Happy K-Day! Celebrating 63 Years Of Scientific Research On Women's Sexuality

Happy K-Day! Celebrating 63 Years Of Scientific Research On Women's Sexuality

Sixty-three years ago this week (August 20, 1953), the media first reported on some of the major findings from Alfred Kinsey's classic book Sexual Behavior in the Human Female.  In case you aren't familiar, this was the first book of its kind to truly explore women's sexual attitudes and behaviors from a scientific perspective.

Kinsey's book sent shockwaves around the world and was quickly dubbed "obscene" by many; however, we now look back upon it as one of the most important publications ever on human sexuality. Kinsey's research was groundbreaking because it debunked numerous myths and misconceptions about women, revealing that they are far more sexual than most people had previously assumed.

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Happy K-Day! Celebrating 62 Years Of Scientific Research On Female Sexuality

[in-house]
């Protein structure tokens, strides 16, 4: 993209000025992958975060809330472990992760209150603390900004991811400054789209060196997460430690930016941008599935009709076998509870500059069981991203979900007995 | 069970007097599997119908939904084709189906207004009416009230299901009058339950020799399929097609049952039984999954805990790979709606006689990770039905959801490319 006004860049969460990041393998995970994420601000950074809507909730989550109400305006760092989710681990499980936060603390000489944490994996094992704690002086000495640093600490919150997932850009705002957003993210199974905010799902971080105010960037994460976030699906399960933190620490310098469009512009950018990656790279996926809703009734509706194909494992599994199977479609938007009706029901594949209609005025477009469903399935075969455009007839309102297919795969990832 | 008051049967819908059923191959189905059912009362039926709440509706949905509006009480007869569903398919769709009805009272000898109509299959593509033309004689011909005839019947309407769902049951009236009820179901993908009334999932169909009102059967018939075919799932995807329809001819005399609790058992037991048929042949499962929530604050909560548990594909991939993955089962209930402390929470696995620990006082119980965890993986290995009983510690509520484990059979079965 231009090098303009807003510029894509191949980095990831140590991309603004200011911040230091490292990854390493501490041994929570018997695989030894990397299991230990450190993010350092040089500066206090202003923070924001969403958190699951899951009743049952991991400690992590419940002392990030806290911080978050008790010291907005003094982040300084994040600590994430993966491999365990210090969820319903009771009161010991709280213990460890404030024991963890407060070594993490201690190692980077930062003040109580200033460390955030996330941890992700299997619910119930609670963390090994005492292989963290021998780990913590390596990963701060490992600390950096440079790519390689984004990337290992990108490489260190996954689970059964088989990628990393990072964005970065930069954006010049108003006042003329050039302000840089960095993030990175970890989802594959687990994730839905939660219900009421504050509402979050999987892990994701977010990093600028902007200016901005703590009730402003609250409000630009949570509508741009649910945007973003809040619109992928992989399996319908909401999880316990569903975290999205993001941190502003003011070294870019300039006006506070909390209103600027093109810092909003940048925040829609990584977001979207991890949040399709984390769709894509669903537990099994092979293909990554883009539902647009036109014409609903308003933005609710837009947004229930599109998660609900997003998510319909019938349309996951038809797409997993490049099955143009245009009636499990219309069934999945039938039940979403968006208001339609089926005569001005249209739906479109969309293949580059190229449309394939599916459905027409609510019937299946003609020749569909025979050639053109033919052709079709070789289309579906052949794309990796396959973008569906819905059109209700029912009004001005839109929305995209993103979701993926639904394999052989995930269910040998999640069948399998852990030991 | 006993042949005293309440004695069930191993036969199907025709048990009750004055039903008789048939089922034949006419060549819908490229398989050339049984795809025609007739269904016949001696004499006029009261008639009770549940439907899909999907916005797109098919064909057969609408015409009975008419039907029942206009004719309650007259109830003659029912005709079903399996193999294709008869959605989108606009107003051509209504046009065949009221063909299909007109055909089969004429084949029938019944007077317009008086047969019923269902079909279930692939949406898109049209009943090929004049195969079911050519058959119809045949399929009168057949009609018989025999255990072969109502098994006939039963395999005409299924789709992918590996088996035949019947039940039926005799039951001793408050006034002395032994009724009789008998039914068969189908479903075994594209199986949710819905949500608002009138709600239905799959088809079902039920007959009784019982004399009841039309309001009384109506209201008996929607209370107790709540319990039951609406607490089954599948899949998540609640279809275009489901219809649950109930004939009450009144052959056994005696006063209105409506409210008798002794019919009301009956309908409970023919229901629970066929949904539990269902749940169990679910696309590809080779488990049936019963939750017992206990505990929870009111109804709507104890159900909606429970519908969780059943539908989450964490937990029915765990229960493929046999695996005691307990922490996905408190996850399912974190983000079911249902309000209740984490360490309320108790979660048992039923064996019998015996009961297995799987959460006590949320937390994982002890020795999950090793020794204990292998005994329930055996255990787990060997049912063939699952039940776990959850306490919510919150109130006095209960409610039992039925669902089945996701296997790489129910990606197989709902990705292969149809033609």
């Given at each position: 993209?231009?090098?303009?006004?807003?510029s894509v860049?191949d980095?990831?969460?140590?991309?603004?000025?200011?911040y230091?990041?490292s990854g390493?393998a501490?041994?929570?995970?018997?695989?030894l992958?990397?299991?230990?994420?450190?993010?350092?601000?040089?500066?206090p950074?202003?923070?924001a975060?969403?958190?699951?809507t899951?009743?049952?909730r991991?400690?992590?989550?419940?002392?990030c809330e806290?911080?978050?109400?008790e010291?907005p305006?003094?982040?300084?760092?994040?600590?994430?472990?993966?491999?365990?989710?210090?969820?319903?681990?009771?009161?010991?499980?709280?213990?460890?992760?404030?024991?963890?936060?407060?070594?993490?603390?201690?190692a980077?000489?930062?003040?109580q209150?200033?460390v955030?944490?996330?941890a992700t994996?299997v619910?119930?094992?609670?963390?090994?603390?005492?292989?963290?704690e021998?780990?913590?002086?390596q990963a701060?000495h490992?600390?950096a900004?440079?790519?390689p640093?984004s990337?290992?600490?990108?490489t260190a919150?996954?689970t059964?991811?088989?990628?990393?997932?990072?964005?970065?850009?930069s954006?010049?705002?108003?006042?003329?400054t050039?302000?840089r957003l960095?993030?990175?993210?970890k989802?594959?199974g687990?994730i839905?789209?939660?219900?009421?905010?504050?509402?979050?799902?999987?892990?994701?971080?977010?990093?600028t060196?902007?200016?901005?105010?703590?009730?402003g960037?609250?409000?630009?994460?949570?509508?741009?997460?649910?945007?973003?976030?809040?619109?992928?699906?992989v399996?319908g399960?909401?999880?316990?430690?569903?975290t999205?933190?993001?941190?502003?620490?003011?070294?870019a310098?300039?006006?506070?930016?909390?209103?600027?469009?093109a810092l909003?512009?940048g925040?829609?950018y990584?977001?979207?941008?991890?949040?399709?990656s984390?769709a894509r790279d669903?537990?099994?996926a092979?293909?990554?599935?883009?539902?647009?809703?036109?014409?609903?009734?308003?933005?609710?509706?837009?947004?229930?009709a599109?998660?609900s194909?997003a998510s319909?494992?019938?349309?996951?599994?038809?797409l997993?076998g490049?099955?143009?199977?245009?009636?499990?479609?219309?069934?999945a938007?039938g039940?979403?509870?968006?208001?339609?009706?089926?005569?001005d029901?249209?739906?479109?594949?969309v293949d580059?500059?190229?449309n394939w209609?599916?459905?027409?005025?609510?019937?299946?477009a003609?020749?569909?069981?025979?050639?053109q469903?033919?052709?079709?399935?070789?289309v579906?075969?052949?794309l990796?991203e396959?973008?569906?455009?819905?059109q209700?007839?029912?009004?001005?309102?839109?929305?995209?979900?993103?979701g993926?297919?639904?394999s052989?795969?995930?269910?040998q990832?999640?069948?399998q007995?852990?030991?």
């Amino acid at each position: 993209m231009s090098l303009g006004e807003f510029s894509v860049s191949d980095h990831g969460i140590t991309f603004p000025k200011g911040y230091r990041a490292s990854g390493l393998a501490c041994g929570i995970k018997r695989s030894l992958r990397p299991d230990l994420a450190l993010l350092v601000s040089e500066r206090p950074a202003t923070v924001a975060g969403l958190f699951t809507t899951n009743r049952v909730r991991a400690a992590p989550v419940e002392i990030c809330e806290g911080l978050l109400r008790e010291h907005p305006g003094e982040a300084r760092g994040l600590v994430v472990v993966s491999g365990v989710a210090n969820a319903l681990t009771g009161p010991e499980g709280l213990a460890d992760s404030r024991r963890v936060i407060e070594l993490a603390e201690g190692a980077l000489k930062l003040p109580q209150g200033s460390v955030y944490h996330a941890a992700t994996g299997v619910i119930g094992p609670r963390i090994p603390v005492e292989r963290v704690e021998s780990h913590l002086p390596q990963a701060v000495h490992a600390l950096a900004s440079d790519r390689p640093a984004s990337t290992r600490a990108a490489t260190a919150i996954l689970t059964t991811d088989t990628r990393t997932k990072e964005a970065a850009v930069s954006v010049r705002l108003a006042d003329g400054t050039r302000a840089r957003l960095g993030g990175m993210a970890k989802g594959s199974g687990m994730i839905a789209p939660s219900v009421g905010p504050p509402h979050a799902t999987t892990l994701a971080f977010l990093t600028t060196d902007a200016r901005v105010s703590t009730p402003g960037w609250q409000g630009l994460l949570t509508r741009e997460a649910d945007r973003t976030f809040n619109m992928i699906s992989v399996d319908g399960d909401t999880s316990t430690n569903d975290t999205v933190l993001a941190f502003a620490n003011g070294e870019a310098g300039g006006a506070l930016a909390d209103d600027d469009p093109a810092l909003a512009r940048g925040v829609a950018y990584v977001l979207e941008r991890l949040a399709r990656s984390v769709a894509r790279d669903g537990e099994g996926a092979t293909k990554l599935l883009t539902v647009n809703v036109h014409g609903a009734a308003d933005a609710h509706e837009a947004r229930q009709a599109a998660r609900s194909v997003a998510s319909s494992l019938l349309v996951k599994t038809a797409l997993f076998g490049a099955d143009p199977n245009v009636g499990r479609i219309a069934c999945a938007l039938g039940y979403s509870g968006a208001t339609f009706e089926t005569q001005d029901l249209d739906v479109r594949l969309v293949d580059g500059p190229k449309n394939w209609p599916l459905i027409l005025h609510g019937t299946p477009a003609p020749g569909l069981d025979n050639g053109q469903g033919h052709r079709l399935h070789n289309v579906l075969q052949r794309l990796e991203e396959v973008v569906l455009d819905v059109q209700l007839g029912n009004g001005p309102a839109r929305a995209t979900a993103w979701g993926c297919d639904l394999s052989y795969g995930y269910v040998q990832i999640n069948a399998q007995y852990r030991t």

Happy K-Day! Celebrating 62 Years Of Scientific Research On Female Sexuality

Sixty-two years ago today (August 20, 1953), the media first reported on the findings of Alfred Kinsey's classic book Sexual Behavior in the Human Female.  It was the first book of its kind to explore women's sexual attitudes and behaviors from a scientific perspective. Although this book initially came as quite a shock to the world and many viewed it as "obscene" at the time, it is now looked upon as one of the most important publications ever on human sexuality. Kinsey's research debunked so many myths and revealed that women are far more sexual than most people had previously assumed. For example, Kinsey found that women were pleasuring themselves, having sex outside of marriage, and engaging in same-sex behaviors. His landmark research showed that men aren't the only ones with sexual needs and desires--women have them too, and they're no less important to study.

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Happy K-Day! Celebrating 61 Years Of Female Sex Research

Happy K-Day! Celebrating 61 Years Of Female Sex Research